In the Family’s Joanna Rudnick Answers Viewer Questions

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Joanna Rudnick is the director of In the Family. After seeing the film, many viewers wrote in to ask her a question or to share their own stories. Read on as Joanna responds to some of the many questions and comments that she received:

Joanna writes:
Thanks so much to everyone who watched In the Family and posted your responses on the POV Blog, especially to all of you who shared your own stories. For those of you who commented on my courage, it was the courage of all of the women and families in the film, and groups like FORCE (facingourrisk.org) that bolstered me at every step of the way. We all did this together. Thank you for carrying on the tradition of bravely speaking openly about family disease and predictive genetic testing.
Wishing everyone health and happiness,
Joanna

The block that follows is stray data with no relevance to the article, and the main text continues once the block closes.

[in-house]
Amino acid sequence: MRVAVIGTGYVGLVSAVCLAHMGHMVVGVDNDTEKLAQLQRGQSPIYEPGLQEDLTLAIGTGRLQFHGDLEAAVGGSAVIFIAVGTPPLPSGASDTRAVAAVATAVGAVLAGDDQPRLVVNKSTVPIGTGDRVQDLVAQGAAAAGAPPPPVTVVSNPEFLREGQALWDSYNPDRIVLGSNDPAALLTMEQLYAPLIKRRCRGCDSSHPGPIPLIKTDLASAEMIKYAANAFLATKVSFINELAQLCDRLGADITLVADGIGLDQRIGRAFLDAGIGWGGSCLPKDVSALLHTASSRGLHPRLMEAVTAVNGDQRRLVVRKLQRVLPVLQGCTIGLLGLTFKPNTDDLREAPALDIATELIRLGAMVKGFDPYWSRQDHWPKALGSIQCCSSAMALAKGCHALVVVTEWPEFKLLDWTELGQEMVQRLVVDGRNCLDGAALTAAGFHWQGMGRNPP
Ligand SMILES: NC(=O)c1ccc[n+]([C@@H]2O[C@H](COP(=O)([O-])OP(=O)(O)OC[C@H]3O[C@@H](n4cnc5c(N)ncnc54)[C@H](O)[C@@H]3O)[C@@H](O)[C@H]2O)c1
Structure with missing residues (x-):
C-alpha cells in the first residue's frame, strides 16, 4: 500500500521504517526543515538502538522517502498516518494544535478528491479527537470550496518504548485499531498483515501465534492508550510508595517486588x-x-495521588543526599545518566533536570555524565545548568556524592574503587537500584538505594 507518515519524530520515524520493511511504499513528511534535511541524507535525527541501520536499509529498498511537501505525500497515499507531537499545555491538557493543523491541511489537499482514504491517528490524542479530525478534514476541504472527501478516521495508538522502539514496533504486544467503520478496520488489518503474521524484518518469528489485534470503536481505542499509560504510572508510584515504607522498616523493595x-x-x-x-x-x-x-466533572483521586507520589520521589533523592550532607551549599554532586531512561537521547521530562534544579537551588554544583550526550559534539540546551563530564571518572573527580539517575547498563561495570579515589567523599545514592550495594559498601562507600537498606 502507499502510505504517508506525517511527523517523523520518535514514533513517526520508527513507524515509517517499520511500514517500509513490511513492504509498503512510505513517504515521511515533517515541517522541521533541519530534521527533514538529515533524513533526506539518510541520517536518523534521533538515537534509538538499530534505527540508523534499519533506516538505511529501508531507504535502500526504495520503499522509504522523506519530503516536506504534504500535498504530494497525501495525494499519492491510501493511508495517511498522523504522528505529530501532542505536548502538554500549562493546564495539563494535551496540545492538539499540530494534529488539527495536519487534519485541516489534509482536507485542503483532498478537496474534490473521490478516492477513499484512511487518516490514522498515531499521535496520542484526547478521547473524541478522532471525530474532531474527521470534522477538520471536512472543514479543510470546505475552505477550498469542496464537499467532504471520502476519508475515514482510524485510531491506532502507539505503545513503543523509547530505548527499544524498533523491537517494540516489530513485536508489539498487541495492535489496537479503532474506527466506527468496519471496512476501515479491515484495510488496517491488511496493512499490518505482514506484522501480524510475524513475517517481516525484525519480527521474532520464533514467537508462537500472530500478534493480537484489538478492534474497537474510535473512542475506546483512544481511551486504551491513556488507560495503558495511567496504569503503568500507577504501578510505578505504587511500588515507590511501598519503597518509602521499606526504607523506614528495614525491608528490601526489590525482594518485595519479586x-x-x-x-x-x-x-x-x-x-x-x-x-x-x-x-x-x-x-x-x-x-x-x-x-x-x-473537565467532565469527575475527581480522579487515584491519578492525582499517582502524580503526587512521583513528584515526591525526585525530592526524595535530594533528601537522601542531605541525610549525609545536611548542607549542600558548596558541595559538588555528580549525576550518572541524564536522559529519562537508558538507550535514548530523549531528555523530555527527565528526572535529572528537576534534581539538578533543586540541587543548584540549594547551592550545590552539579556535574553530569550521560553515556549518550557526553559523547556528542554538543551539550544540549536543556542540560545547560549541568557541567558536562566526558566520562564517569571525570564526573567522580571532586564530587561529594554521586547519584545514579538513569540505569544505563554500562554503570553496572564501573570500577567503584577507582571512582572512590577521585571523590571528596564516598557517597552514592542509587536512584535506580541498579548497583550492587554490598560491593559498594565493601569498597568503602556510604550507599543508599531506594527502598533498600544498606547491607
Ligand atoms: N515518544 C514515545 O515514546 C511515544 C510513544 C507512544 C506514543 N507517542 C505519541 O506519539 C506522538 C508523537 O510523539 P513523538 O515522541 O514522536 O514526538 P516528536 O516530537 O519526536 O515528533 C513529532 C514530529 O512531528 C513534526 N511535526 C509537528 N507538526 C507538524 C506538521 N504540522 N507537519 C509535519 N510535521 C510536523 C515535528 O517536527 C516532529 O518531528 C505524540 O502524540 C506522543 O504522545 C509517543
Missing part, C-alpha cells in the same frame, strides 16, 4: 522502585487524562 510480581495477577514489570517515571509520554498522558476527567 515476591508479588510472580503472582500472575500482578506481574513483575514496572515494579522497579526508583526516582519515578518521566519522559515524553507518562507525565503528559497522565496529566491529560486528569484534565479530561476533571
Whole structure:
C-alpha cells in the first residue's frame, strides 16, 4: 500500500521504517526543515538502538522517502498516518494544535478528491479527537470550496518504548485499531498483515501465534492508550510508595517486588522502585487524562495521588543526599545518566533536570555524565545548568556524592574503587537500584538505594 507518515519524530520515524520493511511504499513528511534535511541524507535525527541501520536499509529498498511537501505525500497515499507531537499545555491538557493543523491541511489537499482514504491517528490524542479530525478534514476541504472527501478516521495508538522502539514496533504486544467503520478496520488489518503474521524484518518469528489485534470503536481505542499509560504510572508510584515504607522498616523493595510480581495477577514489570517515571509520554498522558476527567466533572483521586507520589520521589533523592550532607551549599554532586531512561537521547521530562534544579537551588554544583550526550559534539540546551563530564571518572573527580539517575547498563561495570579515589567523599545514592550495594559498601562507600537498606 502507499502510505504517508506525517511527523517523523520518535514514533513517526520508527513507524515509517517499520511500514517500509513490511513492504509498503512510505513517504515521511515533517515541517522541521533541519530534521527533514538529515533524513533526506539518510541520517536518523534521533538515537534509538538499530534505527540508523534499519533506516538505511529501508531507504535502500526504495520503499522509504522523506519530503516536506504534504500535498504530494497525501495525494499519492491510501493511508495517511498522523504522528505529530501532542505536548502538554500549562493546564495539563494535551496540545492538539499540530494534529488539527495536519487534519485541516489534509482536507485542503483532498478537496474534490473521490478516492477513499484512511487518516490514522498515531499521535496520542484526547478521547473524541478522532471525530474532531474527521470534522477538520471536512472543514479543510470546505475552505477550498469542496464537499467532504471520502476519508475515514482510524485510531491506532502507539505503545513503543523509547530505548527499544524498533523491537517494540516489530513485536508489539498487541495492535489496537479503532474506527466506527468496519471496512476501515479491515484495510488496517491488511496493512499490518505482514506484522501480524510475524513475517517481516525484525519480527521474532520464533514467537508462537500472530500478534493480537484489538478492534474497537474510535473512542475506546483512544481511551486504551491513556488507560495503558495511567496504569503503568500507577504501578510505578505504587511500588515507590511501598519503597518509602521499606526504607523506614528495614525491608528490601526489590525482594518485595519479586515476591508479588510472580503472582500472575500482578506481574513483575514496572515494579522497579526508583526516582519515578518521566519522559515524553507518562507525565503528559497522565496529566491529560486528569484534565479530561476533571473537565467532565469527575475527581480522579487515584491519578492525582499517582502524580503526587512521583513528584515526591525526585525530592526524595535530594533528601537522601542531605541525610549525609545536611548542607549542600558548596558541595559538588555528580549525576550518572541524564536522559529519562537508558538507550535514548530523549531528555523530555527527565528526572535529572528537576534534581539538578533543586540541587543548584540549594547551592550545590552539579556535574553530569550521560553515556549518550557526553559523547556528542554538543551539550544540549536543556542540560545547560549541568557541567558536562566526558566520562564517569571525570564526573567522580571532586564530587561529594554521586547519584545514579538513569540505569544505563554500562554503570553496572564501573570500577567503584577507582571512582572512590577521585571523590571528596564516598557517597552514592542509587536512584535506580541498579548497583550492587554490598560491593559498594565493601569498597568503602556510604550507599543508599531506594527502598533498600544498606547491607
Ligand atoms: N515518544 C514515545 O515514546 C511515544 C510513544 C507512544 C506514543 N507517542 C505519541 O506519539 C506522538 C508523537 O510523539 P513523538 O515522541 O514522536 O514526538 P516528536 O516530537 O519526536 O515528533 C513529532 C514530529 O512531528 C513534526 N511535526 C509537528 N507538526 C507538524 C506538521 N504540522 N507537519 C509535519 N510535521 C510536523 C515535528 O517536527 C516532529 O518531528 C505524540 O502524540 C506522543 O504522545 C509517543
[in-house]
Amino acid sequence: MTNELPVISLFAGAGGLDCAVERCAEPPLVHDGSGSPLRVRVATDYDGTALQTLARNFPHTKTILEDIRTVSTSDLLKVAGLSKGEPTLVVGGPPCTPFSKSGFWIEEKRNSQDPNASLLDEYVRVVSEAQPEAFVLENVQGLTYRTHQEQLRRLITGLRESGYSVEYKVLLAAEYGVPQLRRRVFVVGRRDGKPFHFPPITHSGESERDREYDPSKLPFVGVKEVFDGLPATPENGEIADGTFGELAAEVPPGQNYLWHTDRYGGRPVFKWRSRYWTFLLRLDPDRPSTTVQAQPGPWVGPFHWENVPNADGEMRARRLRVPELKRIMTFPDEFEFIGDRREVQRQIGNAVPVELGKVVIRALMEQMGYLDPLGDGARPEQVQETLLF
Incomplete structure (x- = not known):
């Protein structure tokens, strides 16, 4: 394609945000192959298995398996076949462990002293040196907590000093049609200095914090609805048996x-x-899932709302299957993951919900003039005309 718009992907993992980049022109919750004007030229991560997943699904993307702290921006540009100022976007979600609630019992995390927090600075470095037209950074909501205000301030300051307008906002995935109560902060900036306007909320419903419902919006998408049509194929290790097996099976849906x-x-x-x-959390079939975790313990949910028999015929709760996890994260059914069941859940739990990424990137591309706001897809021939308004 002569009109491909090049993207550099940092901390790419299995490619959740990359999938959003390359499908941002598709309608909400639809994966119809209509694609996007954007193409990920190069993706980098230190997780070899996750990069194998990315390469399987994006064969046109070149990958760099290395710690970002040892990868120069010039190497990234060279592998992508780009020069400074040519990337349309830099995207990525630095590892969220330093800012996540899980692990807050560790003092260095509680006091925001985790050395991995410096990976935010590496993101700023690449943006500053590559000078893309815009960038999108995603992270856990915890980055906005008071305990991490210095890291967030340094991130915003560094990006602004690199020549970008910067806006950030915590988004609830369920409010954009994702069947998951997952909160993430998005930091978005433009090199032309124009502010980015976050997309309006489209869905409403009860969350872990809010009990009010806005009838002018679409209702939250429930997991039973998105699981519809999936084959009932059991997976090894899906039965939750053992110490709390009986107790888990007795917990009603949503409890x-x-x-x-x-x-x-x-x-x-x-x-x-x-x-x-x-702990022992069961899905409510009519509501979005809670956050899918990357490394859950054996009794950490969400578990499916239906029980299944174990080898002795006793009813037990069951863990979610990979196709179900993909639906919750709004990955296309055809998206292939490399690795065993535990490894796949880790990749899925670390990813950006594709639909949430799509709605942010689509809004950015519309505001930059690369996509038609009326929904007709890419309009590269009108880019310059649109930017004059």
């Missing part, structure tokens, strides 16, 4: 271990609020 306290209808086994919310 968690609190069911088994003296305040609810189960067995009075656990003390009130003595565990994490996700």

Cheryl asks: Several years ago I was working on an independent film in Chicago called “If You Step on a Crack” which was an adaptation of a short story by Sharon Solwitz. It’s the story of a woman who waits to hear the results of her breast biopsy: how that period of time before the “knowing” changes her life and her relationships. It was fiction. I never thought I may have to ask myself the same questions the character I was playing in the film was wrestling with. A year after the short film appeared at numerous film festivals, my mom was diagnosed with ovarian cancer, and a very rare, untreatable, autoimmune reaction to the cancer (PCD – Paraneoplastic Cerebellar Degeneration). And that was very real. While the chemo saved her life, the PCD left her with no quality of life (unable to walk, talk, see, speak, swallow). My sisters and I became her caregivers for three years: she fought for every millisecond of life with grace, until she died in August of 2005. I am 40, single (never-married), a carbon-copy of my mom, and want to some day have children. Have you learned about PCD while doing your research? Thank you, Joanna, for your beautiful and brave documentary.